Friday, June 4, 2010

Sunnycove

In this 1948 YA novel, Sunnycove, by Amelia Elizabeth Walden, Vicky Lind is a quiet teen from a West Virginia mining town where even the families who own their homes do not have running water. Vicky has something priceless, however, an older brother who recognizes her acting talent and is determined she will get her chance in the real world - the chance he wasn't talented enough to pursue. Gus returned to Pittstown after college to teach, and gave Vicky drama lessons every day. After she graduates from high school, it is Gus who secures her place at Sunnycove Playhouse in Connecticut for the summer where she will have the opportunity to appear in student productions and possibly earn a role with professional actors.
In contrast to the polished young men and women who have come to Sunnycove to hone their skill, Vicky arrives with a small suitcase filled with second hand clothes and no little apprehension. Vicky worries that she is too plain to be an actress, although Gus has told her, “I don’t know what beauty is if it’s not something that’s inside a person, that sort of shines through everything they say or do. A pretty face couldn’t add anything to that kind of beauty. And not having one couldn’t take anything from it.”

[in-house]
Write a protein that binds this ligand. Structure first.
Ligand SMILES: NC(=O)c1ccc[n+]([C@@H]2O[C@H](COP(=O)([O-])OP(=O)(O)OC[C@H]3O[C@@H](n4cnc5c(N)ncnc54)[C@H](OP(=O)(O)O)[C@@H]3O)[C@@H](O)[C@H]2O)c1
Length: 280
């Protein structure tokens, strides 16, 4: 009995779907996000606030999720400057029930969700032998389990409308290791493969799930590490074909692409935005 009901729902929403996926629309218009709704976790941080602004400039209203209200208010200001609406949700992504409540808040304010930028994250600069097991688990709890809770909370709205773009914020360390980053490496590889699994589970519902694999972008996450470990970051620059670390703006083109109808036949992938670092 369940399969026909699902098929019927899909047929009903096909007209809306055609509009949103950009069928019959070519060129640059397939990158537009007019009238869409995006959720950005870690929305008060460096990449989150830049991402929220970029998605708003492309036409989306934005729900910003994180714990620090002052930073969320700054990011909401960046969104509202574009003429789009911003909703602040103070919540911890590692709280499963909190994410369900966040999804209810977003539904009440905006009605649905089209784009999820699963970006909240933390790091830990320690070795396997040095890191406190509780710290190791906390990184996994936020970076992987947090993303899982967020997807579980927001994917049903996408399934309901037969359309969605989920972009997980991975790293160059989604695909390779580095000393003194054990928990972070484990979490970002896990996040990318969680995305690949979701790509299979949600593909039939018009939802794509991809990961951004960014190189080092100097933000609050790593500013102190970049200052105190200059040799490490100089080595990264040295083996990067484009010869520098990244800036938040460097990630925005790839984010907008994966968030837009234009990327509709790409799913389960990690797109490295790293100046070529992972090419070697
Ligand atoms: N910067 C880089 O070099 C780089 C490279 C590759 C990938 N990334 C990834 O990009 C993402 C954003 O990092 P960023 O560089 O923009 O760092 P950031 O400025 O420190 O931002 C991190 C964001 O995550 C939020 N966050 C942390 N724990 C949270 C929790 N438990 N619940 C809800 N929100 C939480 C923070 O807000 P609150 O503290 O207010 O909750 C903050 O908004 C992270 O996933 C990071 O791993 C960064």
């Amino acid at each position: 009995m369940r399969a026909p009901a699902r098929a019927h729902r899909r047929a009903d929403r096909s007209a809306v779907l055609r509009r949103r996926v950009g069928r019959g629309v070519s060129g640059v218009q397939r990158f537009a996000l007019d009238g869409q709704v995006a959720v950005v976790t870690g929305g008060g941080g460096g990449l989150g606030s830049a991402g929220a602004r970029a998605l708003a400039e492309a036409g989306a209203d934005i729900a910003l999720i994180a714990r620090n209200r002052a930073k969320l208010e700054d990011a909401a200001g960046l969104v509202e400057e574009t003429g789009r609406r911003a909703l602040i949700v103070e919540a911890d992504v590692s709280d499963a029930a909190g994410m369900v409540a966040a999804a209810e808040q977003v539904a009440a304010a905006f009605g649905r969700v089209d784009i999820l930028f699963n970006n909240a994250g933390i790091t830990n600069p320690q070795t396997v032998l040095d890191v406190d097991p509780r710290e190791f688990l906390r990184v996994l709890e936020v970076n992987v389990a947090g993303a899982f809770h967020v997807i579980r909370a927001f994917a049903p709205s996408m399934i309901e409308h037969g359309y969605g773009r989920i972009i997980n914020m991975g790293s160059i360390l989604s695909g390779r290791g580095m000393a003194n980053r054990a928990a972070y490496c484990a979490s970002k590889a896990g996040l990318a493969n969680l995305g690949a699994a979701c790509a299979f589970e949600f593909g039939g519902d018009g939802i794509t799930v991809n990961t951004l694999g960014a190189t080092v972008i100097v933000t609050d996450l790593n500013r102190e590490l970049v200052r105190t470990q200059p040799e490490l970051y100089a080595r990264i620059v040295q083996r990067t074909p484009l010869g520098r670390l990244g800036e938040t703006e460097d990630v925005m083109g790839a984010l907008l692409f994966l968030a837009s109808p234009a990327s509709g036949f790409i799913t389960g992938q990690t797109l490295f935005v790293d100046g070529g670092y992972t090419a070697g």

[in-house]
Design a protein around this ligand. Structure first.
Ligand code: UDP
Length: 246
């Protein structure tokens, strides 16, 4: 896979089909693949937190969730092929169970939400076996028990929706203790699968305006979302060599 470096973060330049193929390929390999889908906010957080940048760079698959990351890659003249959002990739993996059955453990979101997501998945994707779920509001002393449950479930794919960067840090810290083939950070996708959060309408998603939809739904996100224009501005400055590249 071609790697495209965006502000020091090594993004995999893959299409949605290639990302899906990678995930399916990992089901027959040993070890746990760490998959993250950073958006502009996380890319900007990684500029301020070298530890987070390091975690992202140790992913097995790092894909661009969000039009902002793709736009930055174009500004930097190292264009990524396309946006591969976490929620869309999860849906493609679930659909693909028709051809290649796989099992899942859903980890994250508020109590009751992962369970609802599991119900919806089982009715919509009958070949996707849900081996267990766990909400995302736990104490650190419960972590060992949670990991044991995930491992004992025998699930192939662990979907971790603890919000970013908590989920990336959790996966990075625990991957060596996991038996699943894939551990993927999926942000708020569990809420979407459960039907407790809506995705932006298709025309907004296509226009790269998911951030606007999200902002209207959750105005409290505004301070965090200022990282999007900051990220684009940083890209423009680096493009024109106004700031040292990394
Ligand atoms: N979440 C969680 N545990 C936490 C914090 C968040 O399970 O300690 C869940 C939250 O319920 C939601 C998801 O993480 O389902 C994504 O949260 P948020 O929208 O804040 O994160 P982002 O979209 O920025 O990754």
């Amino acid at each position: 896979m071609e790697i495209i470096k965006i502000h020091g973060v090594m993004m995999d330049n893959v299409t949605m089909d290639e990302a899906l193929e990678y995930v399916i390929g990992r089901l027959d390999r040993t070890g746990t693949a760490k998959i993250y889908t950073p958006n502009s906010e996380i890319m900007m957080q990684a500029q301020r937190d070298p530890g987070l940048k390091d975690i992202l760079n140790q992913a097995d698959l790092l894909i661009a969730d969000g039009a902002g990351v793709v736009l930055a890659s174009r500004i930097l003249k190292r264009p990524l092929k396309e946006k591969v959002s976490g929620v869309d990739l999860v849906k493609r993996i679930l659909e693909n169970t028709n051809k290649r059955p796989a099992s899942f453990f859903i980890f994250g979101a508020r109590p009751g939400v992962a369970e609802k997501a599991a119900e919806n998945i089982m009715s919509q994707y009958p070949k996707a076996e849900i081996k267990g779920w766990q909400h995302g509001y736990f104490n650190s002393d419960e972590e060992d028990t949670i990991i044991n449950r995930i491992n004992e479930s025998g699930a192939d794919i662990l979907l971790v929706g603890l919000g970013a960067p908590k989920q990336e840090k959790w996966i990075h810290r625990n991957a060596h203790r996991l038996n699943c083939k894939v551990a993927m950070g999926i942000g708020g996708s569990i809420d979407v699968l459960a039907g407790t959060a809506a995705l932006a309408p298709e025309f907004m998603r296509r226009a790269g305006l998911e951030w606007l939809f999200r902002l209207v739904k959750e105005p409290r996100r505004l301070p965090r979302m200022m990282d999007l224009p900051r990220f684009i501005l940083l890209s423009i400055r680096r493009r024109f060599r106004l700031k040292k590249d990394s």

Inevitably, there is a beautiful, ambitious girl at Sunnycove who is less talented than Vicky and resents her for it. Donna spoils Vicky’s debut by sending a faux bouquet – of coal, with a cruel note. She also taunts Vicky about her looks. Fortunately, Vicky makes a friend, Peter Bradford, a young man who grew up sailing and teaches Vicky how to swim. On stage, Vicky’s talent and humility earns her opportunities although there are disappointments along the way. Gus is there when she gets her chance at a starring role but it is Peter’s influence that shows Vicky she cannot let her desire to succeed prevent her from being compassionate.

Walden’s characters have endearing human flaws – Vicky lacks self-confidence and she harbors bitterness towards the young woman who laughed at her and stole her part – but Walden also gives them good instincts and ultimately the ability to recognize their potential and to fight to be true to themselves. There is usually a male figure (sometimes annoying and condescending) who keeps the heroine grounded: unusually, in this book, that role is shared by her older brother, Gus, and her boyfriend, Peter. In Sunnycove, Vicky’s development as an actress and person as well as the behind-the-scenes glimpse of summer theatre is enjoyable.

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